Desdemona: A Play About a Handkerchief | Performing Arts Review | Chicago Reader

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Desdemona: A Play About a Handkerchief


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Desdemona: A Play About a Handkerchief, Experimental Theatre Chicago, at National Pastime Theater. Classical burlesque mandates a vaudevillian prelude of songs and patter, followed by a longer spoof of some popular entertainment performed by scantily clad women. Experimental Theatre chose this genre for its staging of Paula Vogel's behind-the-scenes peek at the world of Othello--and reaps unexpected benefits from a script that seems to have been written during a particularly acute spell of PMS.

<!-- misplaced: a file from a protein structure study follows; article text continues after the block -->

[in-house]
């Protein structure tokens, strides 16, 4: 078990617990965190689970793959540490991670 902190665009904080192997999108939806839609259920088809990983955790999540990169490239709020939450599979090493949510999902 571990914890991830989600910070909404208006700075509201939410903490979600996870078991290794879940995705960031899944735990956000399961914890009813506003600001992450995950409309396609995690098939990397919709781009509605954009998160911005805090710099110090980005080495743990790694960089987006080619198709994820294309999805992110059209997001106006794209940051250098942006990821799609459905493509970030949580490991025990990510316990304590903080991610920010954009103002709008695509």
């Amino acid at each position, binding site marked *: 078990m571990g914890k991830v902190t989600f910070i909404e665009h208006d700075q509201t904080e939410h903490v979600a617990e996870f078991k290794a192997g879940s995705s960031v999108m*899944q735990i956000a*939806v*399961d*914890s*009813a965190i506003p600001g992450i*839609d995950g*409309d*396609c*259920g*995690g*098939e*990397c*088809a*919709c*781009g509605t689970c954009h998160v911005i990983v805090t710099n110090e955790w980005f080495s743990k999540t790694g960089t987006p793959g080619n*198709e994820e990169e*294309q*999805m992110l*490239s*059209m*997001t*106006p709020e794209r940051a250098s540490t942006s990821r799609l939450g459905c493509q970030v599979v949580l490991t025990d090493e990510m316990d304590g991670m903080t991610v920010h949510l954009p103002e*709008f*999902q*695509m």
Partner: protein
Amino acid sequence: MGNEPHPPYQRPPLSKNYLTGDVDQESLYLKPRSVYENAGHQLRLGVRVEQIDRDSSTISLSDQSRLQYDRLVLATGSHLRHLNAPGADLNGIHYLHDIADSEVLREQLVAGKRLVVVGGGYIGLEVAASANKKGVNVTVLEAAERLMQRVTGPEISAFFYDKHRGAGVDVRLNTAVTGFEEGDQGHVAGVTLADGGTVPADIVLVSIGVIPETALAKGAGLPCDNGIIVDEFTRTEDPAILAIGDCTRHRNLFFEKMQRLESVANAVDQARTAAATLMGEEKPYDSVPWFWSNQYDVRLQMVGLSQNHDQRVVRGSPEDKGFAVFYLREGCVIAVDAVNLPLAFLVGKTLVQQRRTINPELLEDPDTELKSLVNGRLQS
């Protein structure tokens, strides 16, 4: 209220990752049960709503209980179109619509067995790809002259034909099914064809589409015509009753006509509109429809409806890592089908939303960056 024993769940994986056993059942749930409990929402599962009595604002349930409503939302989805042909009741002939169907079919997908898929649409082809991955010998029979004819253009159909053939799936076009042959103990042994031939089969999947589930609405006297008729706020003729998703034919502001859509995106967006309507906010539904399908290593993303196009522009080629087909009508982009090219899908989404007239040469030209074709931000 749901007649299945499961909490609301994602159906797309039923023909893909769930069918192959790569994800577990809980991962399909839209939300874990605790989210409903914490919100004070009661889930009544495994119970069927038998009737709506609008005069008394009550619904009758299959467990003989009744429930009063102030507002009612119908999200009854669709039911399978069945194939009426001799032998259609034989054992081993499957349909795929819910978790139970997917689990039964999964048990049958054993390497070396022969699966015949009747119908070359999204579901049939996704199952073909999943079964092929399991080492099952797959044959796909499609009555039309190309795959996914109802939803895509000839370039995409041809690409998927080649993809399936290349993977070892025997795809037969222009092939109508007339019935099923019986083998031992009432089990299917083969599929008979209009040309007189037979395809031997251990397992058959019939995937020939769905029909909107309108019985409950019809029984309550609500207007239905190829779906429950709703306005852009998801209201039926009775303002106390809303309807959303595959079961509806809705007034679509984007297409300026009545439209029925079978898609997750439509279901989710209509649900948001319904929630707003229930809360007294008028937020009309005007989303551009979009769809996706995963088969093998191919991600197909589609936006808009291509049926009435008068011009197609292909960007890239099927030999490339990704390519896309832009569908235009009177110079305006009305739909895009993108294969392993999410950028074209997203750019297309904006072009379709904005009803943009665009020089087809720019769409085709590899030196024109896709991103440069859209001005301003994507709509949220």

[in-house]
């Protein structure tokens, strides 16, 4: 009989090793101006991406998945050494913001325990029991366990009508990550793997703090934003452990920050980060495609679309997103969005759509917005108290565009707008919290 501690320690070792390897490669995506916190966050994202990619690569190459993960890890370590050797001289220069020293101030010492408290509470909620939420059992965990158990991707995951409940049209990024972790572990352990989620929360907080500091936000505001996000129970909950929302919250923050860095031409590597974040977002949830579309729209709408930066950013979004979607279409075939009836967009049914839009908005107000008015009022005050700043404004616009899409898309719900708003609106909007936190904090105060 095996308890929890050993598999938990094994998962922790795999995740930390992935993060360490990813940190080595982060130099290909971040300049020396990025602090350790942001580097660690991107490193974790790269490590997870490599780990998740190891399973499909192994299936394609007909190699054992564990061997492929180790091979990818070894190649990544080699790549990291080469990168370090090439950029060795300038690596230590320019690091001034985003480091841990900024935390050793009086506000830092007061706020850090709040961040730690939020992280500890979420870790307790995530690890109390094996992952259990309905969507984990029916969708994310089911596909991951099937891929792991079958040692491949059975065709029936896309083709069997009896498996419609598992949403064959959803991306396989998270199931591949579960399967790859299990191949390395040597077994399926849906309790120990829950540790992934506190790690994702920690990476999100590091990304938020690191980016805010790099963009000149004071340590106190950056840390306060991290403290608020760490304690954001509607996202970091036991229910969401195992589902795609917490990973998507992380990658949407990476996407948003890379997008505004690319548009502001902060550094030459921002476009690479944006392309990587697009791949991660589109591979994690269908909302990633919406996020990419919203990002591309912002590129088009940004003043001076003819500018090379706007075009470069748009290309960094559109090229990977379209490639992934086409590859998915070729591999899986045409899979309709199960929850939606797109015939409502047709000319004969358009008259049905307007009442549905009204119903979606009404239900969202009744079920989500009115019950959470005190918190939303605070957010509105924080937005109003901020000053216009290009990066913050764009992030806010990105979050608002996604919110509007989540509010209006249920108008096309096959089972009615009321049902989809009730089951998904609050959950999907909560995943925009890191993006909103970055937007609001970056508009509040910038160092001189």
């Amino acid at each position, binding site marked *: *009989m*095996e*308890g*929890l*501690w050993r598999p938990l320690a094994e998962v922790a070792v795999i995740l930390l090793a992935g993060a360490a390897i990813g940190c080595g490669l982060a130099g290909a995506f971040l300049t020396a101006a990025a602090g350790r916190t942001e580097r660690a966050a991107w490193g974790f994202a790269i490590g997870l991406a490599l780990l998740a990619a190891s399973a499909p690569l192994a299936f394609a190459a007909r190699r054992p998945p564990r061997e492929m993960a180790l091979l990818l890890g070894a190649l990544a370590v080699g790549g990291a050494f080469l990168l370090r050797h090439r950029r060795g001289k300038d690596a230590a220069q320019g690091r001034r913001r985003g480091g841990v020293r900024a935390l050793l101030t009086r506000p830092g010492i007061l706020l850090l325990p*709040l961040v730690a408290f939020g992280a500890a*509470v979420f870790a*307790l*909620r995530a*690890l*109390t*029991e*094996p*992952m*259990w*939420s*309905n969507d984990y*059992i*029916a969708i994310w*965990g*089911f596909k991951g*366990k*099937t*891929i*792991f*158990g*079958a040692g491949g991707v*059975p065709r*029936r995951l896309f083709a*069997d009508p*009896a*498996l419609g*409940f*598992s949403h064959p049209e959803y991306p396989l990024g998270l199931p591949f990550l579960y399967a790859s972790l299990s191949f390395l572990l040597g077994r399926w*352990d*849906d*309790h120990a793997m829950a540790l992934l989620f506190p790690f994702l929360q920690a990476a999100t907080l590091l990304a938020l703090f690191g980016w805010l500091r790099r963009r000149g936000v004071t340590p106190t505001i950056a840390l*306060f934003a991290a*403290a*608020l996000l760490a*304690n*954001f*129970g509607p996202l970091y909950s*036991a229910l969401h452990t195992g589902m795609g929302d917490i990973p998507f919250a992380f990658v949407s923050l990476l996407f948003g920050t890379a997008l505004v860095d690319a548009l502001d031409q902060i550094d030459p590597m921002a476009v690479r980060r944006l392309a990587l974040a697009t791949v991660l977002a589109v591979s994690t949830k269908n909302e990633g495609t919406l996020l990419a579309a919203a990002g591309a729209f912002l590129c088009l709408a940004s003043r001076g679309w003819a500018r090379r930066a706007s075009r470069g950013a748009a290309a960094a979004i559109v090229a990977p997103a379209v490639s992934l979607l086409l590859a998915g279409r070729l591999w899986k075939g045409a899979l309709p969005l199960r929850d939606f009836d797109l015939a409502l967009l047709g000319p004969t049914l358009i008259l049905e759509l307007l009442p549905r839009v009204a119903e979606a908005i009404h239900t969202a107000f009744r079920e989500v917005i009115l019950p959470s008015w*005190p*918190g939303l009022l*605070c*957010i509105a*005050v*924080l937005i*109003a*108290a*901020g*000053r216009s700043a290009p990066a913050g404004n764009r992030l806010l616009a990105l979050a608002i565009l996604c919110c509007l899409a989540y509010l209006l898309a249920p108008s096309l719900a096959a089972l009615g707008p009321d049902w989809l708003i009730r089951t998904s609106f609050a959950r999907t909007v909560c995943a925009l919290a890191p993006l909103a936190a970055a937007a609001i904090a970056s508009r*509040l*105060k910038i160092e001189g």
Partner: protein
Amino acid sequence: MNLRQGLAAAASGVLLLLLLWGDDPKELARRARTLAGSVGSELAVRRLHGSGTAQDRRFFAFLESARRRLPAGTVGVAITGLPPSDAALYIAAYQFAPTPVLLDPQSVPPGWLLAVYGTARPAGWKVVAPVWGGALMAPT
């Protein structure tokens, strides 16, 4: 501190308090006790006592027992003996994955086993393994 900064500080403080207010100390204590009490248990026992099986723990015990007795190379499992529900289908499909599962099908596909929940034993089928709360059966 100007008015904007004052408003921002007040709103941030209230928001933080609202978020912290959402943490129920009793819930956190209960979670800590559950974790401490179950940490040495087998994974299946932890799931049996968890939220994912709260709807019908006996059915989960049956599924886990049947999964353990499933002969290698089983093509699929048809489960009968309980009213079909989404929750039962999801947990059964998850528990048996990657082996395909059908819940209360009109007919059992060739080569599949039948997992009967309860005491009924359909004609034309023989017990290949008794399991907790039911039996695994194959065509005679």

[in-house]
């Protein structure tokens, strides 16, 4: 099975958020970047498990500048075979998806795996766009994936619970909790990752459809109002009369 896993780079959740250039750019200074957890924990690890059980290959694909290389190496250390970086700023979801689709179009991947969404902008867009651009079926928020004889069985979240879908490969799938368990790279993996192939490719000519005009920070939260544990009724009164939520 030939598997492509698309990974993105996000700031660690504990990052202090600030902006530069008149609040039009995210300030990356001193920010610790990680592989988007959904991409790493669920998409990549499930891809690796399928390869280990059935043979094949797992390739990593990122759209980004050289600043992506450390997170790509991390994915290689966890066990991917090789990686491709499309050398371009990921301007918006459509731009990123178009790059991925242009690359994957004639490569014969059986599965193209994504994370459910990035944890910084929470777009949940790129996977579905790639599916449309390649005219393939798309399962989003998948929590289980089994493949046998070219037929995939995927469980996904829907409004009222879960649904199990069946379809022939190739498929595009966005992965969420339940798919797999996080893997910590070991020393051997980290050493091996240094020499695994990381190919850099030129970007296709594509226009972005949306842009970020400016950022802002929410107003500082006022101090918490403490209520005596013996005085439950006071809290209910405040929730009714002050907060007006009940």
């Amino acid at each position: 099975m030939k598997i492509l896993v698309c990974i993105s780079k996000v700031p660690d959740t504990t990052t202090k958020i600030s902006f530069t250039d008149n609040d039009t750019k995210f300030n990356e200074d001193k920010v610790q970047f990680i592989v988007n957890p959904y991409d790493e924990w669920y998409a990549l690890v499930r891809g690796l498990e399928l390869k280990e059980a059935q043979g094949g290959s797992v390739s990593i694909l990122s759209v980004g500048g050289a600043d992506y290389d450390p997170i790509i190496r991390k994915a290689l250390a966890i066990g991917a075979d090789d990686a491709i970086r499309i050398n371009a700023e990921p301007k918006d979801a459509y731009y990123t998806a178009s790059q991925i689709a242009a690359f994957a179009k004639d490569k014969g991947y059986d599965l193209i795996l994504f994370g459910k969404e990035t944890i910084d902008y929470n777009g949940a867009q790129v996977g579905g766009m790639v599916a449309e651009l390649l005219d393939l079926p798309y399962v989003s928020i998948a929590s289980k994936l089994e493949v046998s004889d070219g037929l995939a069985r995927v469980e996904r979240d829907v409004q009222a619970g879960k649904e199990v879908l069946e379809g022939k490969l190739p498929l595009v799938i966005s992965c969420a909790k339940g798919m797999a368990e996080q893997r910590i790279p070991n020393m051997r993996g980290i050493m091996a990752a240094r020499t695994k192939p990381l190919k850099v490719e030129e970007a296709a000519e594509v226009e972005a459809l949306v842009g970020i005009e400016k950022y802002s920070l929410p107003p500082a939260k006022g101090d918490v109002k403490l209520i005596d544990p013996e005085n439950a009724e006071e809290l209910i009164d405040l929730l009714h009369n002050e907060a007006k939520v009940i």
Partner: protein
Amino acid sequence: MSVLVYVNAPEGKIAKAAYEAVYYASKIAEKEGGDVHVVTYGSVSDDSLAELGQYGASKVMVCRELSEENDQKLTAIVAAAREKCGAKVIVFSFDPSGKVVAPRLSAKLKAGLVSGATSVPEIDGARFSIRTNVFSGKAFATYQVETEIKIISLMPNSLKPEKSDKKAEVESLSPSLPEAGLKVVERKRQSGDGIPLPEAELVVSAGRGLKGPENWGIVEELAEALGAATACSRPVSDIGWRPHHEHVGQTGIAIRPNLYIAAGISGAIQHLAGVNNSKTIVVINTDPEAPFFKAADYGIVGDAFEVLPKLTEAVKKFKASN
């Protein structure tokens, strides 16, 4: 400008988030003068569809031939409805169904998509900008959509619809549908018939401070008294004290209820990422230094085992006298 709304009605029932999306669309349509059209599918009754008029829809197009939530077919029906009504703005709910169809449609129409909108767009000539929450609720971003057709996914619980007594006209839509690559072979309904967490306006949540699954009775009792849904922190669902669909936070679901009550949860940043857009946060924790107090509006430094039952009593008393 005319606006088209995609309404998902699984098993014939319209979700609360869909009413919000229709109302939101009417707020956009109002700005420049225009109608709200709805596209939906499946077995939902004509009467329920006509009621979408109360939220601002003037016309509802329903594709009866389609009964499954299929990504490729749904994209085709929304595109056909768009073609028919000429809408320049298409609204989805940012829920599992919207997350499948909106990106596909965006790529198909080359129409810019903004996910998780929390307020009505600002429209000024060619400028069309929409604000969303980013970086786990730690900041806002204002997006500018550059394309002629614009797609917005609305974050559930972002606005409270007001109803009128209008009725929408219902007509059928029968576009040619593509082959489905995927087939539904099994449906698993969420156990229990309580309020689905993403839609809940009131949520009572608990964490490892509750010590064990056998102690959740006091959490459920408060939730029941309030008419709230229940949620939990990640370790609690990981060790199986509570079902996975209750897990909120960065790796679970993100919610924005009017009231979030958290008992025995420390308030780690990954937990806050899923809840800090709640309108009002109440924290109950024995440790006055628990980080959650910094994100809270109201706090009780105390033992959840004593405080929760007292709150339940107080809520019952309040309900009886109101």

We're first greeted by a bevy of 1920s flappers and songs by Helene Alter-Dyche and Shannon Latimer that replicate the delightful double entendre lyrics of the period. Then a mournful "Othello Song" apprises us of that play's scenario, after which we're confronted by a Noel Coward-style drawing-room comedy featuring Desdemona, an adulterous society wife; Emilia, her ambitious maid; and Bianca, her cheerful trollop chum.

Under Jaclyn Biskup's astute direction, the ensemble renders the humor risque but never crude. And they're so engaging we can't help regretting their characters' sorry fates.

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